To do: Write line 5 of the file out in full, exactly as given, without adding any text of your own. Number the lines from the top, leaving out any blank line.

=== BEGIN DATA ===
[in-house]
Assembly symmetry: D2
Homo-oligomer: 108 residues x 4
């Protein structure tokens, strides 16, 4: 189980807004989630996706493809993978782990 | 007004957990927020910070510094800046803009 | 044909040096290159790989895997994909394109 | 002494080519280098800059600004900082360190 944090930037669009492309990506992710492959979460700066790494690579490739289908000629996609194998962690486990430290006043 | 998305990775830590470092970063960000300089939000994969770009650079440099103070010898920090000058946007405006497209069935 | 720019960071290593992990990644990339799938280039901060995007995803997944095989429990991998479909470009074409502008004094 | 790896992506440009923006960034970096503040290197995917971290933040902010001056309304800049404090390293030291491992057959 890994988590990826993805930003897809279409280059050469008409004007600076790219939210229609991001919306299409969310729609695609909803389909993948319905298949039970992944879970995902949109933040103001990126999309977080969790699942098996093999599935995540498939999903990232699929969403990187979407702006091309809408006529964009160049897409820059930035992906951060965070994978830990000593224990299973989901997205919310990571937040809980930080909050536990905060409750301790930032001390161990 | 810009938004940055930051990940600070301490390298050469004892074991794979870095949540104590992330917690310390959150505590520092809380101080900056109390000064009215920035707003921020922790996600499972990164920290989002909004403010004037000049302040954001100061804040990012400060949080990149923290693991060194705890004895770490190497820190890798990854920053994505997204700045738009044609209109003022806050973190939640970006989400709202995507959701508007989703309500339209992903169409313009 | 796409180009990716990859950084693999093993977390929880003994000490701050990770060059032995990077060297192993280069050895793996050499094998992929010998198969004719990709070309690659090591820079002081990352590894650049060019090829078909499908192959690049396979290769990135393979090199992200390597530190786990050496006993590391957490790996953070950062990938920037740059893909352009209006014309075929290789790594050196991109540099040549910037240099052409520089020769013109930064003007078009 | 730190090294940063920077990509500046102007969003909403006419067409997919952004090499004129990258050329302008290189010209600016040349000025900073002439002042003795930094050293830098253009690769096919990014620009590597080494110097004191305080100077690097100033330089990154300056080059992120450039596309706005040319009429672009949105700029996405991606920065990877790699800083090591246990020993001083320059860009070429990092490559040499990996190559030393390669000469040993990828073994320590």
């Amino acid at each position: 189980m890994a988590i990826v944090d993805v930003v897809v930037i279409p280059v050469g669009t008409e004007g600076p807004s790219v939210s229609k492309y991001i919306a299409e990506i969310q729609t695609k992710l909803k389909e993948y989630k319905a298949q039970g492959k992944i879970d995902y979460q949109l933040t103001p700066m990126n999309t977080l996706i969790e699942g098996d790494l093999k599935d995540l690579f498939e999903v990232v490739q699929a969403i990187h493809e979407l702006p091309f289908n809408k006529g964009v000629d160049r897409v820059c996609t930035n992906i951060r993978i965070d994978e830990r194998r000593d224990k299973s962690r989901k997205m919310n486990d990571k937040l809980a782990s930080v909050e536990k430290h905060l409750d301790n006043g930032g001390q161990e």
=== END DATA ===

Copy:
């Amino acid at each position: 189980m890994a988590i990826v944090d993805v930003v897809v930037i279409p280059v050469g669009t008409e004007g600076p807004s790219v939210s229609k492309y991001i919306a299409e990506i969310q729609t695609k992710l909803k389909e993948y989630k319905a298949q039970g492959k992944i879970d995902y979460q949109l933040t103001p700066m990126n999309t977080l996706i969790e699942g098996d790494l093999k599935d995540l690579f498939e999903v990232v490739q699929a969403i990187h493809e979407l702006p091309f289908n809408k006529g964009v000629d160049r897409v820059c996609t930035n992906i951060r993978i965070d994978e830990r194998r000593d224990k299973s962690r989901k997205m919310n486990d990571k937040l809980a782990s930080v909050e536990k430290h905060l409750d301790n006043g930032g001390q161990e």